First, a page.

#3:  Proposed “Green Guides” Revisions Discourage Misleading Environmental Claims

Just last month marked the deadline for public comment regarding the FTC’s proposed revisions to its “Green Guides,” designed to assist marketers in their efforts to avoid making misleading environmental claims about their products and services.  Since that time, the online debate about what the implications of these “Green Guides” changes might mean has been vigorous on both sides.  Organizations like the Washington Legal Foundation (WLF) and the Public Relations Society of America (PRSA) are on record as part of what is now estimated to be roughly 300 public comments on the subject. 

According to the WLF, “the FTC’s proposed ban on all unqualified general environmental claims is a disservice to consumers and an infringement of First Amendment rights protecting commercial speech.”  More importantly, it views the new proposed guidelines as a potential deterrent for “manufacturers whose product truly contains an environmentally-friendly attribute from conveying such information due to the expense of adding disclaimers that qualify their environmental claim.”  Alternatively, Tom Eppes, Chairman of PRSA’s Board of Ethics and Professional Standards, supports the FTC’s proposals on this matter and notes that, “Green claims are pervasive (and sometimes spurious), and it’s become far too difficult to determine who is telling the whole truth and nothing but the truth.”  He goes on to explain that these misleading eco-statements have become so common that they’ve earned their own dubious moniker:  “Greenwashing.”  Regardless of where you may stand on the issues, anyone who owns or works for what they deem to be or promote as a “green friendly” business would do well to keep up with what the FTC is proposing on this front for 2011.

#4:  Debate about “Do Not Track” and Its Effects on Online Commerce Heats Up

Jon Leibowitz is the current chairman of the Federal Trade Commission, whose assertion is that the FTC’s recently proposed “Do Not Track” rules to enhance personal privacy are perfectly compatible with online commerce, which will only continue to grow.  In a blog dated January 3, 2011, Leibowitz describes how a “host of invisible data catchers” report consumers’ online marketing activities in an effort to establish an “astonishingly complete profile” of cyber behavior for marketing purposes.  “Once you enter cyberspace, your private information―often without your consent or even knowledge―becomes a commodity out of your control,” he states.  He goes on to explain how the proposed rules will not stop advertisers from collecting consumer information, but rather require them to convince consumers that opting out would not be beneficial and assure them that their personal information will be handled respectfully.  Leibowitz closes his arguments with the assertion that, “‘Do Not Track’ will allow the Internet to continue to thrive while protecting our basic right to privacy when we travel in cyberspace.”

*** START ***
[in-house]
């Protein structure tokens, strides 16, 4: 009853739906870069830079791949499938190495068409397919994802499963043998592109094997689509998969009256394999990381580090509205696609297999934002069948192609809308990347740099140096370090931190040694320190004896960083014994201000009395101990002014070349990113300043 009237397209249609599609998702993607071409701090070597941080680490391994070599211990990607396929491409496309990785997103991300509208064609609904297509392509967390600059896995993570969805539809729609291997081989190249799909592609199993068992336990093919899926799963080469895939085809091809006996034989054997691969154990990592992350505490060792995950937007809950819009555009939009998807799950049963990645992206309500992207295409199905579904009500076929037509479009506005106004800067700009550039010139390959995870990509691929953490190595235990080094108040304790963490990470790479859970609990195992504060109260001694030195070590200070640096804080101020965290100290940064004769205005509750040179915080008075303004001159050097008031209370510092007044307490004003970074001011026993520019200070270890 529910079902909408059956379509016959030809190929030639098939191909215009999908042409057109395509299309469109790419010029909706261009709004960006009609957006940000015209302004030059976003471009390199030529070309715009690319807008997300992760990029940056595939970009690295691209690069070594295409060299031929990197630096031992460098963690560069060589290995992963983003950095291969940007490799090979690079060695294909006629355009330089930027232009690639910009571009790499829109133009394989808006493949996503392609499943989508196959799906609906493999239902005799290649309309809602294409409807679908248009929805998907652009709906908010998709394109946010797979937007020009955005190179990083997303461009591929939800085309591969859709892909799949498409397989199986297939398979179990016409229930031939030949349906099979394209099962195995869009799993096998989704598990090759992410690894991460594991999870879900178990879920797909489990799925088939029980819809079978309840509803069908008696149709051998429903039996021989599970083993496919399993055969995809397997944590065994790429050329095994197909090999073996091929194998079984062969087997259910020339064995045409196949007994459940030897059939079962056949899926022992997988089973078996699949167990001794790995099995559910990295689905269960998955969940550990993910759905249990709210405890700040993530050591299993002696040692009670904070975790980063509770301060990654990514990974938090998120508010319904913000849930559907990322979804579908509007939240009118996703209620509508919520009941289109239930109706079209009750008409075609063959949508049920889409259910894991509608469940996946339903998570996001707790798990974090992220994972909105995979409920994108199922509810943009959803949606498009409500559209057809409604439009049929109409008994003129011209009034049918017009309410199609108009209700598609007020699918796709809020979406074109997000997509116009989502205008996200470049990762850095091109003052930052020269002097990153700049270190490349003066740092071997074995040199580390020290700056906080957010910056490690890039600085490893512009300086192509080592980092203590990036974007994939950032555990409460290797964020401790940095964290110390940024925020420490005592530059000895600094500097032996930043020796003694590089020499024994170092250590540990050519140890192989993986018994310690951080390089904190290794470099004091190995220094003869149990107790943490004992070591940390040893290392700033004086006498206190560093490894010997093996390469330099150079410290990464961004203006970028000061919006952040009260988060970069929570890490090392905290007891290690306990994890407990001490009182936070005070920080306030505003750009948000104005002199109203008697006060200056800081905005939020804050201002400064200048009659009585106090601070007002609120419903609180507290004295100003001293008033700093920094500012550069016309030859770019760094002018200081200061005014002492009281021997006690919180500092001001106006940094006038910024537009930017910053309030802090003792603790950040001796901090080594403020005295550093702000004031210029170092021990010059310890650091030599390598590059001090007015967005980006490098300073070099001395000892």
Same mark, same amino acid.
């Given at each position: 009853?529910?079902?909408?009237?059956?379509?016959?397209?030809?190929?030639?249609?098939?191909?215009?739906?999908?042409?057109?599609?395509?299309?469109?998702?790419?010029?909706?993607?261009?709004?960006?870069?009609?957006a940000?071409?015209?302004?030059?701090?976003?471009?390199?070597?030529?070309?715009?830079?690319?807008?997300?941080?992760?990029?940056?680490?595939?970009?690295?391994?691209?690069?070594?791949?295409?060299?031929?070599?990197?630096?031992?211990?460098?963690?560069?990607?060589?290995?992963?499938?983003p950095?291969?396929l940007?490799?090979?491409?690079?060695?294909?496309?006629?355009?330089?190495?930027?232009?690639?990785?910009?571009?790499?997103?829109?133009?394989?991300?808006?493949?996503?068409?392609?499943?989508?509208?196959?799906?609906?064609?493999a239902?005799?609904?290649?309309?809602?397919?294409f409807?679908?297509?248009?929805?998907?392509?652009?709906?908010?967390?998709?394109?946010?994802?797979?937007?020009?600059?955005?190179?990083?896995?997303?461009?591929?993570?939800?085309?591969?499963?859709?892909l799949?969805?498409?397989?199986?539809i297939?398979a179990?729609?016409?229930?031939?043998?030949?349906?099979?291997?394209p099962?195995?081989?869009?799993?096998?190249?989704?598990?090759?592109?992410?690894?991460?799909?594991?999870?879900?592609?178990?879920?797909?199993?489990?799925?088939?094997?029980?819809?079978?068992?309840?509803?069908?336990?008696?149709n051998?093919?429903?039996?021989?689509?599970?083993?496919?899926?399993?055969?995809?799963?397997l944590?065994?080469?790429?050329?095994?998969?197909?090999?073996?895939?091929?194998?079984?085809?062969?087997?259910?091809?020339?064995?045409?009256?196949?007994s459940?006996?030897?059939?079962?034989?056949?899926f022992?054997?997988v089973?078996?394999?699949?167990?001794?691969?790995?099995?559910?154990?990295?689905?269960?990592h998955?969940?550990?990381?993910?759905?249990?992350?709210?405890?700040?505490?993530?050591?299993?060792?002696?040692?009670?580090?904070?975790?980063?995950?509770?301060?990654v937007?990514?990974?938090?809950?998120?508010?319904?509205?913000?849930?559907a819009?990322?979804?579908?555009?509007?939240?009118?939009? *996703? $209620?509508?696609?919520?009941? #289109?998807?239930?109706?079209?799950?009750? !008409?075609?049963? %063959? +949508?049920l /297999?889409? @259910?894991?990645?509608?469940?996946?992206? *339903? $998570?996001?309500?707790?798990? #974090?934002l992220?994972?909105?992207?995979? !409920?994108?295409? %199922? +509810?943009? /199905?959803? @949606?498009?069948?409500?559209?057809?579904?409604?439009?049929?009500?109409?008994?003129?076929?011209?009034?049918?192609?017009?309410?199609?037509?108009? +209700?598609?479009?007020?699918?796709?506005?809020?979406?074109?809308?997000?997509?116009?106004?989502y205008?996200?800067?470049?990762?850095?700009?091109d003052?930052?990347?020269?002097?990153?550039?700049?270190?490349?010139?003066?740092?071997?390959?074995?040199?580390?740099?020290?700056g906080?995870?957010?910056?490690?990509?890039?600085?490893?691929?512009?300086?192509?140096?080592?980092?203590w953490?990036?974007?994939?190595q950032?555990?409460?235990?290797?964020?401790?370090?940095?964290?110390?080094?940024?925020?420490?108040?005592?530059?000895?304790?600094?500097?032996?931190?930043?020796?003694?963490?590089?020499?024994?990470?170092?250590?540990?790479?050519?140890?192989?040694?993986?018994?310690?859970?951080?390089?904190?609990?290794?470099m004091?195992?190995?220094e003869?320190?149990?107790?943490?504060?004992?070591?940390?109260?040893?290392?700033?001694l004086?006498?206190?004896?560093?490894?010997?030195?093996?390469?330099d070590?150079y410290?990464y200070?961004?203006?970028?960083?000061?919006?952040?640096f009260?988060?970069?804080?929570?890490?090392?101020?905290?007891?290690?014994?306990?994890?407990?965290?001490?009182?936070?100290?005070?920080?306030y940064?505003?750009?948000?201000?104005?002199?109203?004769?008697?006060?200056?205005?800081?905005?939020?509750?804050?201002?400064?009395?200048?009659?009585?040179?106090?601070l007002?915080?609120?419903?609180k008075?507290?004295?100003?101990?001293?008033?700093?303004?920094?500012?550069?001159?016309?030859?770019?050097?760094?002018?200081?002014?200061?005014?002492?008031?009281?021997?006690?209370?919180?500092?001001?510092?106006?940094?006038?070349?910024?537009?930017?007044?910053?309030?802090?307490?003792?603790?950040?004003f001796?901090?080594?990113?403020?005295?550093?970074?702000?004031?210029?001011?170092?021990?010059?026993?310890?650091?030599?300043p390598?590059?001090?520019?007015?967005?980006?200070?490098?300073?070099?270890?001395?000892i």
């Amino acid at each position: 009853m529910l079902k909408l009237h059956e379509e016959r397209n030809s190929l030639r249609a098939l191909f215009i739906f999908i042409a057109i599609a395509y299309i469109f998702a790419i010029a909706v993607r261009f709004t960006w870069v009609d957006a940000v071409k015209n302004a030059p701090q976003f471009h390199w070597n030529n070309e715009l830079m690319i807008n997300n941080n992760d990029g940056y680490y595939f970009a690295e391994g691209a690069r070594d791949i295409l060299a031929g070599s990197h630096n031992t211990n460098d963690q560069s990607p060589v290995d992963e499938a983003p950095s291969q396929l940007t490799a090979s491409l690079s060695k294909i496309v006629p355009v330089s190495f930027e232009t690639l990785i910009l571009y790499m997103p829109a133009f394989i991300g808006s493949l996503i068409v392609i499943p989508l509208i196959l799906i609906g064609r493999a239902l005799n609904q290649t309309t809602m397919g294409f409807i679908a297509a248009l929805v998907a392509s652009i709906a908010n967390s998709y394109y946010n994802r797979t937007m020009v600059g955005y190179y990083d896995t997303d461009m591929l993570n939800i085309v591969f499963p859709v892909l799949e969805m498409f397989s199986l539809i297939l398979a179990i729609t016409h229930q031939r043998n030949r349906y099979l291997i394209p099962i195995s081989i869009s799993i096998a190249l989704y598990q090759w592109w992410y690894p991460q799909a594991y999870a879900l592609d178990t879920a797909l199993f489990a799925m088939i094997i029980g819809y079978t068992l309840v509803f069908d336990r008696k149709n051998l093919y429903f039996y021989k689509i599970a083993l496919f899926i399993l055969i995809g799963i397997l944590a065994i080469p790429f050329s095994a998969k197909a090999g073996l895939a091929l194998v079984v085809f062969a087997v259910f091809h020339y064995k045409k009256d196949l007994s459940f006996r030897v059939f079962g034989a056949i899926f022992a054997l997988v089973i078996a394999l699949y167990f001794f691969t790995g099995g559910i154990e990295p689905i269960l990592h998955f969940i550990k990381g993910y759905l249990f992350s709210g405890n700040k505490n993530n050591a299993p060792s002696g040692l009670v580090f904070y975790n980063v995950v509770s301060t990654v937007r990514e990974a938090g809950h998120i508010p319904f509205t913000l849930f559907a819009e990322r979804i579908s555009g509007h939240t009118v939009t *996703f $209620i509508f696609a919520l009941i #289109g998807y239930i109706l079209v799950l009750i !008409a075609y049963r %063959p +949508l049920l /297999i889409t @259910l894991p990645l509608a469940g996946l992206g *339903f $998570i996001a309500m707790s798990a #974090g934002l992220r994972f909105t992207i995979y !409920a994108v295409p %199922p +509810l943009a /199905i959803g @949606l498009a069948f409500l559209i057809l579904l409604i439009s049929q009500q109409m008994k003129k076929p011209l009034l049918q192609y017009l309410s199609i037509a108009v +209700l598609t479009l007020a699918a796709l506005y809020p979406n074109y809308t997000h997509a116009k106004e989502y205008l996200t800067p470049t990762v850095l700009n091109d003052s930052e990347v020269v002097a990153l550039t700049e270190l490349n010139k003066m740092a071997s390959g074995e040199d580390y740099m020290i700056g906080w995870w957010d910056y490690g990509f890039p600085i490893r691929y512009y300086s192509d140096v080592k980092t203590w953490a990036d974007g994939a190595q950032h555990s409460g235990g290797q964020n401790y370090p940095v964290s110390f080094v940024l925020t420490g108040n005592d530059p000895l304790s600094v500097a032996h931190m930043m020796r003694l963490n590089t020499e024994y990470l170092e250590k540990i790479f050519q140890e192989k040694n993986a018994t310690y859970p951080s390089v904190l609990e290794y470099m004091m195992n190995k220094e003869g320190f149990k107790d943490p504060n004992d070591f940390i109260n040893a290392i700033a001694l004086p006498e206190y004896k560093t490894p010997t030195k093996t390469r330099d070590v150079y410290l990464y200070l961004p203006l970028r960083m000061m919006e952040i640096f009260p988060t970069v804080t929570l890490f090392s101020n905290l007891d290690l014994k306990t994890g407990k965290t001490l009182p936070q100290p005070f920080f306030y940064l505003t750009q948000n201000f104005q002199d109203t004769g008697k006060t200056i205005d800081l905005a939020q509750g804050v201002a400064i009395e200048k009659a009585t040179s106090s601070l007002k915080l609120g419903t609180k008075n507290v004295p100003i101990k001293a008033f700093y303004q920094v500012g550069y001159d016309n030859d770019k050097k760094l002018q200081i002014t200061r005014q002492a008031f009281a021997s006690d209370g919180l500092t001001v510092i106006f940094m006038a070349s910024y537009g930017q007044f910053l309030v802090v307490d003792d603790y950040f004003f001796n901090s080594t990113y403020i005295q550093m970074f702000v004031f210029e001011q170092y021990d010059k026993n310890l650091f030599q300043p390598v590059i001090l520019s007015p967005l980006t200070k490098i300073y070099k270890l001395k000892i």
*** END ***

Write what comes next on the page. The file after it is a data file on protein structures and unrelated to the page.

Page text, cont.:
Senior Vice President and General Counsel of the Interactive Advertising Bureau, Michael Zaneis perhaps unsurprisingly has a whole different outlook on what the impact of the FTC’s proposed rules in this area might be.  His claim is that, “Upon further inspection, this looks less like a viable “Do Not Track” mechanism and more like a censorship tool,” pure and simple.  He believes that the internet as we know it currently actually educates and informs consumers such that they are empowered and goes on to assure us that there is no “Big Brother” watching our every move online.  Furthermore, he finds the FTC’s implication of “cyberstalking” both “patently false and dangerous.”  Zaneis drives home the potential fallout of online advertising restrictions by citing the fact that his “industry is responsible for $300 billion of economic activity in the United States and directly employs more than 1.2 million Americans.”  In conclusion, he asserts the industry’s desire and ability to police itself when it comes to consumer privacy.  “We’ve had a self-regulatory program (http://www.aboutads.info/) in place for more than a decade, and we are currently updating that program to ensure it keeps pace with new technologies and evolving consumer expectations,” he says.  Once again, this is another hot topic that may have an impact on many of you and one you need to know more about as it unfolds over the course of the coming year.